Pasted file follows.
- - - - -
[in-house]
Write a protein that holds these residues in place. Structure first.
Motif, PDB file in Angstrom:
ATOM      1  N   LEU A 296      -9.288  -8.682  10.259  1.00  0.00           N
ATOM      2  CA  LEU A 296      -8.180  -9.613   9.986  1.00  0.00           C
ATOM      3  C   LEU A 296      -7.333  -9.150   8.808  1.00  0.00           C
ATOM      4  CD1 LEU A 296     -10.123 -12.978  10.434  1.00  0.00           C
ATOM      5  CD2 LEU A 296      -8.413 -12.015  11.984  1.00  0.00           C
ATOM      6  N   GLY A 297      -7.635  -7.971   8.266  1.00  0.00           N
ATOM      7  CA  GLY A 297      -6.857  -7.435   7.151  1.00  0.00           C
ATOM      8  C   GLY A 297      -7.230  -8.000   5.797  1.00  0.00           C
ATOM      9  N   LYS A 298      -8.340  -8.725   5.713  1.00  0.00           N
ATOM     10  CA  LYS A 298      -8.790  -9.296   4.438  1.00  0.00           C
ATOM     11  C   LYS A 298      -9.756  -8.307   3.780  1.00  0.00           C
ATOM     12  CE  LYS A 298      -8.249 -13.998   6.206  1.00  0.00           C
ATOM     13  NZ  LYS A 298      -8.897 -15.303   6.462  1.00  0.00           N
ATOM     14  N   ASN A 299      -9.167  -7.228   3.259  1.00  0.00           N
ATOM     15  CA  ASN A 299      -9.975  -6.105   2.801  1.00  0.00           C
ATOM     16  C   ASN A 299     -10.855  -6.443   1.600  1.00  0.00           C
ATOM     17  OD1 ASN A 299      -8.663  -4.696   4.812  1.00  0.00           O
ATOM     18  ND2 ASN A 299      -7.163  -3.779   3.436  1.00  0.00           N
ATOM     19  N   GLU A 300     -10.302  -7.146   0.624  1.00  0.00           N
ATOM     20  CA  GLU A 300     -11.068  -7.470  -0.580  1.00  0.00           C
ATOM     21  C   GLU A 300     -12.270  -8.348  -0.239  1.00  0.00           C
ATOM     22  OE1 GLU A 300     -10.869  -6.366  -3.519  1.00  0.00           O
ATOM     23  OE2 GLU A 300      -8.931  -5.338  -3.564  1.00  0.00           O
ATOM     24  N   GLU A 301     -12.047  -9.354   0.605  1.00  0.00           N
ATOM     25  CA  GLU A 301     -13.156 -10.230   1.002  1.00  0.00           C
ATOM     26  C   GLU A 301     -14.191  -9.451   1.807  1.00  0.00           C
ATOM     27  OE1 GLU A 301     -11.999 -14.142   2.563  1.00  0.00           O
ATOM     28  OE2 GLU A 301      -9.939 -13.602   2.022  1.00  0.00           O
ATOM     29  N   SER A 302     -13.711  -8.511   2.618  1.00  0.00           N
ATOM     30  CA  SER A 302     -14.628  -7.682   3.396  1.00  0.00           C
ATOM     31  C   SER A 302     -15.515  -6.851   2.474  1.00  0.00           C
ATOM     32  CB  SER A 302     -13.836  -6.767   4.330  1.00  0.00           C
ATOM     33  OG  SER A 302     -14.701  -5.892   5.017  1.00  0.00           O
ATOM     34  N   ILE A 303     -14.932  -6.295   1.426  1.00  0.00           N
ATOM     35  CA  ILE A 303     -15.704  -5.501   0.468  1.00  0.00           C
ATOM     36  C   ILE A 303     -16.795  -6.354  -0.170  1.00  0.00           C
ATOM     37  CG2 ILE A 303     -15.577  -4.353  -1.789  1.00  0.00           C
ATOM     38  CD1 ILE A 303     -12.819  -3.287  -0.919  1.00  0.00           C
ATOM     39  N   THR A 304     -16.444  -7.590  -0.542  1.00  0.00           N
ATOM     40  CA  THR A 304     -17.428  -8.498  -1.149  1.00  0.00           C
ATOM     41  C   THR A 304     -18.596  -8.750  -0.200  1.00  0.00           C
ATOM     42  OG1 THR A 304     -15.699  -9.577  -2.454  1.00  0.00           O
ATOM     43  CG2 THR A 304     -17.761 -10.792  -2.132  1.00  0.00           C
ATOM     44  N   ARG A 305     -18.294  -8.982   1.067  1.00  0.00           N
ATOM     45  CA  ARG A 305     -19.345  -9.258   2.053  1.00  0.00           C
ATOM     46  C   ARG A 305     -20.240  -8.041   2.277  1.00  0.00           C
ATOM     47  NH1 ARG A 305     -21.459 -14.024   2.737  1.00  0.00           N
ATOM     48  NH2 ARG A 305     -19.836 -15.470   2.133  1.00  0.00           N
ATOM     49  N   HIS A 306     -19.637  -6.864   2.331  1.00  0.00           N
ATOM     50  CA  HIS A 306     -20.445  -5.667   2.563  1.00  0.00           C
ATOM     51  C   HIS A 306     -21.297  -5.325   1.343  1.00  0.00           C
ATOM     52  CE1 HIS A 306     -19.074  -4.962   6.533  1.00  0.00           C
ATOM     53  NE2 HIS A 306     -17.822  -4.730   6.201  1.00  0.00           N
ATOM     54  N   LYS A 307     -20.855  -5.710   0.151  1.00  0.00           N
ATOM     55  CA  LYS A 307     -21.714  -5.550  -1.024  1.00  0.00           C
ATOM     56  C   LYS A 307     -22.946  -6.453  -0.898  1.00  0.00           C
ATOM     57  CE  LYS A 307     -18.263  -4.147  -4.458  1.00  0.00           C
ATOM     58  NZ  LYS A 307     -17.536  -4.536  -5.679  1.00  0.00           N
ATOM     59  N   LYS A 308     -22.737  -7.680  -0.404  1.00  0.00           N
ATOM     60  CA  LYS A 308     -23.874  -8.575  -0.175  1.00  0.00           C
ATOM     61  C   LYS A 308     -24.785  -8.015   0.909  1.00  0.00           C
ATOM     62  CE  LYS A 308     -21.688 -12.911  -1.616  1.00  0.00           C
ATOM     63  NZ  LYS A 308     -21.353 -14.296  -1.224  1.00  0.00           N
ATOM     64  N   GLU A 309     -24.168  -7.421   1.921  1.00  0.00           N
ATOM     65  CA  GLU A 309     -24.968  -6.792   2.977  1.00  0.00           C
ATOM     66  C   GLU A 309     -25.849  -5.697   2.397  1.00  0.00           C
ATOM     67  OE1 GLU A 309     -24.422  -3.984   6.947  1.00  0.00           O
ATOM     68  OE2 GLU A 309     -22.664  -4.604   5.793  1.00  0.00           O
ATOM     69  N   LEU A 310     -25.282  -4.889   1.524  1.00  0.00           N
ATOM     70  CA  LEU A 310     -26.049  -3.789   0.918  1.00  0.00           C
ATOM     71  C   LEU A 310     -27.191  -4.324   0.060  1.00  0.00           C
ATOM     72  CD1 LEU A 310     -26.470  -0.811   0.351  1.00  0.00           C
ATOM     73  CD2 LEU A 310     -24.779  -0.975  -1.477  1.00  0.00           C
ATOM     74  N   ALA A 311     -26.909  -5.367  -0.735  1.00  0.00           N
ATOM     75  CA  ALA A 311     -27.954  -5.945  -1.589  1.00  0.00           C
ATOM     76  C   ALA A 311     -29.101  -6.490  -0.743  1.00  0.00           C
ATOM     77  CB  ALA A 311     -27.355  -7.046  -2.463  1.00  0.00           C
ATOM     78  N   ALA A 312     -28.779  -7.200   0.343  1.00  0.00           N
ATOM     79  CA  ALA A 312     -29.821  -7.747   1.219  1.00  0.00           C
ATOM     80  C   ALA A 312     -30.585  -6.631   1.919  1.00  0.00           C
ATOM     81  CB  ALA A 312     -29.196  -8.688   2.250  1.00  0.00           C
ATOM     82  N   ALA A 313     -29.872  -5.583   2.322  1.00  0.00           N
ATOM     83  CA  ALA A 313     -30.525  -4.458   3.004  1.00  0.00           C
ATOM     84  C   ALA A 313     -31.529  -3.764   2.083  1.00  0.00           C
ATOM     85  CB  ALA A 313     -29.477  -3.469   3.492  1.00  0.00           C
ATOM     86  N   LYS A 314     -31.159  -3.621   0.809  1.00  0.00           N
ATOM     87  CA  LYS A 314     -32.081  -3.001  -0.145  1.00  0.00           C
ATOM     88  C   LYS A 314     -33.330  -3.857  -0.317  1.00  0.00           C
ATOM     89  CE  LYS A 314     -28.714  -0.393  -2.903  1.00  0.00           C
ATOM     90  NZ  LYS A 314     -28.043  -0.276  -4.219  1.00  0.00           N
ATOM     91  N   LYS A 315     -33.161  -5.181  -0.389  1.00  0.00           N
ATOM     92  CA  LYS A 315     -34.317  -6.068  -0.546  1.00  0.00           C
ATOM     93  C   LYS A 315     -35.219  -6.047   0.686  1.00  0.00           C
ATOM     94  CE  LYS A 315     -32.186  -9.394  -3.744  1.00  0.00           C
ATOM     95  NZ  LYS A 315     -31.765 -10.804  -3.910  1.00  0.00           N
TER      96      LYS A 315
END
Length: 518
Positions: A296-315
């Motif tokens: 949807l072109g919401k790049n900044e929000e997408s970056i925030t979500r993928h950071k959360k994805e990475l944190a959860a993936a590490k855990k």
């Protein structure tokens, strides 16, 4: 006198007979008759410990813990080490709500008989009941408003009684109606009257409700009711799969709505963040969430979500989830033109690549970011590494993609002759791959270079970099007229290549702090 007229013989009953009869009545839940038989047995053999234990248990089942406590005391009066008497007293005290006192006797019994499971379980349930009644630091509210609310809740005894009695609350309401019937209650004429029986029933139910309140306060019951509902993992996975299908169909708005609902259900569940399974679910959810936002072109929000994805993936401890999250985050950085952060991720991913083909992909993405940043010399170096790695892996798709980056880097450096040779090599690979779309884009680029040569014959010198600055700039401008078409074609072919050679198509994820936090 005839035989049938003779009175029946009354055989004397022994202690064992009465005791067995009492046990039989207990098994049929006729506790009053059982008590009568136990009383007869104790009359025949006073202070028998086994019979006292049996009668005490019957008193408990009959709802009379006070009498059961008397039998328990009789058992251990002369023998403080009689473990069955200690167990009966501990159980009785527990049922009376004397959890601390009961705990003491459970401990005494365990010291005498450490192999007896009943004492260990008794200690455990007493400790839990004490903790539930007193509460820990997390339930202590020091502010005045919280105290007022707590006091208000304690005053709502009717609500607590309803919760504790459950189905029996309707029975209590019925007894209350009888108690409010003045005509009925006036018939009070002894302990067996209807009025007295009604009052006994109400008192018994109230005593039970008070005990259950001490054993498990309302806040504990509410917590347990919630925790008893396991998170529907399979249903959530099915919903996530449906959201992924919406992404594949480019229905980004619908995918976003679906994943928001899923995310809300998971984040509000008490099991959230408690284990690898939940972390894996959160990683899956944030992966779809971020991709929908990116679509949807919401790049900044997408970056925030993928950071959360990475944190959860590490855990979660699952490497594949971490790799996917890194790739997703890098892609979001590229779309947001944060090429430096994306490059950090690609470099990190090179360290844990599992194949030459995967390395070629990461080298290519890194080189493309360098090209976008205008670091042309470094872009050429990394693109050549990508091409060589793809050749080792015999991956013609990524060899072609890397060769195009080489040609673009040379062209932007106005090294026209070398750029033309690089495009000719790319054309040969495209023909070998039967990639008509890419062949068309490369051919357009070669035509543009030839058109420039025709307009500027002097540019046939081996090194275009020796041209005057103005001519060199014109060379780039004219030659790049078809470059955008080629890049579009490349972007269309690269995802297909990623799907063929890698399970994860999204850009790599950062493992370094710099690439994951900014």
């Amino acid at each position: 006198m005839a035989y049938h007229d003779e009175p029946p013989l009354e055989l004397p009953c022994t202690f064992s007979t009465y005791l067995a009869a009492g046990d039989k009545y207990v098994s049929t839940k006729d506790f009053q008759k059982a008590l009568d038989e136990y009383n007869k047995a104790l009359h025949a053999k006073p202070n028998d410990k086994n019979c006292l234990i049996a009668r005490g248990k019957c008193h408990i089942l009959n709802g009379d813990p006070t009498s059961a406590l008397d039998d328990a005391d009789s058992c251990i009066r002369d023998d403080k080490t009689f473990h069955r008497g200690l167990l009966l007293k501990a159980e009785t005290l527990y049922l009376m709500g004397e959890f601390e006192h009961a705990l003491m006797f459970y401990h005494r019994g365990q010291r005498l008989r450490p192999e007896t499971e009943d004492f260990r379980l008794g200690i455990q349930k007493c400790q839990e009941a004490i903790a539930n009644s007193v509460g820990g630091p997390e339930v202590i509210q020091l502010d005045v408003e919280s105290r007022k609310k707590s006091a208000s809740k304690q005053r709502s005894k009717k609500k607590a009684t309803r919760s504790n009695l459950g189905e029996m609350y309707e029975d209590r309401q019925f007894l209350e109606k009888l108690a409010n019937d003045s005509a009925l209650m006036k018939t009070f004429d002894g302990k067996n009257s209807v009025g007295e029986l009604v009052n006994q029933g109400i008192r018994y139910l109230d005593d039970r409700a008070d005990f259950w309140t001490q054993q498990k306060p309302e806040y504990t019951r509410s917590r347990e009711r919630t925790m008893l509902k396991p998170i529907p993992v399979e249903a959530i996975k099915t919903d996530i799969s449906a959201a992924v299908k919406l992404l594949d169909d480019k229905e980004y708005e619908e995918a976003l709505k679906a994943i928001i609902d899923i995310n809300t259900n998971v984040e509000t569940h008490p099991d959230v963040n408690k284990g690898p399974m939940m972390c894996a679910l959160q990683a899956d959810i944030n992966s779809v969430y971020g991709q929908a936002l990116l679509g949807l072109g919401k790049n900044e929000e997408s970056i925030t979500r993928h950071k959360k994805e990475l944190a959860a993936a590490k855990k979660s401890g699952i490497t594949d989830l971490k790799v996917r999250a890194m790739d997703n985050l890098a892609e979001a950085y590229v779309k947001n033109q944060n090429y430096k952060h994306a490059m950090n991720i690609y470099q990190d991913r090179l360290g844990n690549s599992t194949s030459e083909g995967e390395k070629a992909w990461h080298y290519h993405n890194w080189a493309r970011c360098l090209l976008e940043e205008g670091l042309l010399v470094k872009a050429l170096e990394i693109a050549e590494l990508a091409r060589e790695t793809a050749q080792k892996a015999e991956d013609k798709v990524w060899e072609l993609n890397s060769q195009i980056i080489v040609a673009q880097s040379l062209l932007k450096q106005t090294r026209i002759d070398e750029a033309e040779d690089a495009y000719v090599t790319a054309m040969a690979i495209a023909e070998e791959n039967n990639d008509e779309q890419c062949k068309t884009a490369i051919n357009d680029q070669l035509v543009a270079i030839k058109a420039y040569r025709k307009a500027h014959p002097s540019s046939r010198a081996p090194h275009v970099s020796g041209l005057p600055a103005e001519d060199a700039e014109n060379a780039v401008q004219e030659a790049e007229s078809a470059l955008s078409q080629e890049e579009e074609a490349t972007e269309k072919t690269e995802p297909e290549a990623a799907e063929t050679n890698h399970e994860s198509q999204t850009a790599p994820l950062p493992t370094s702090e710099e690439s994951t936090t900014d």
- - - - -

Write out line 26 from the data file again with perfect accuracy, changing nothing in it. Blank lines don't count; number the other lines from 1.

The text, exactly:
ATOM     23  OE2 GLU A 300      -8.931  -5.338  -3.564  1.00  0.00           O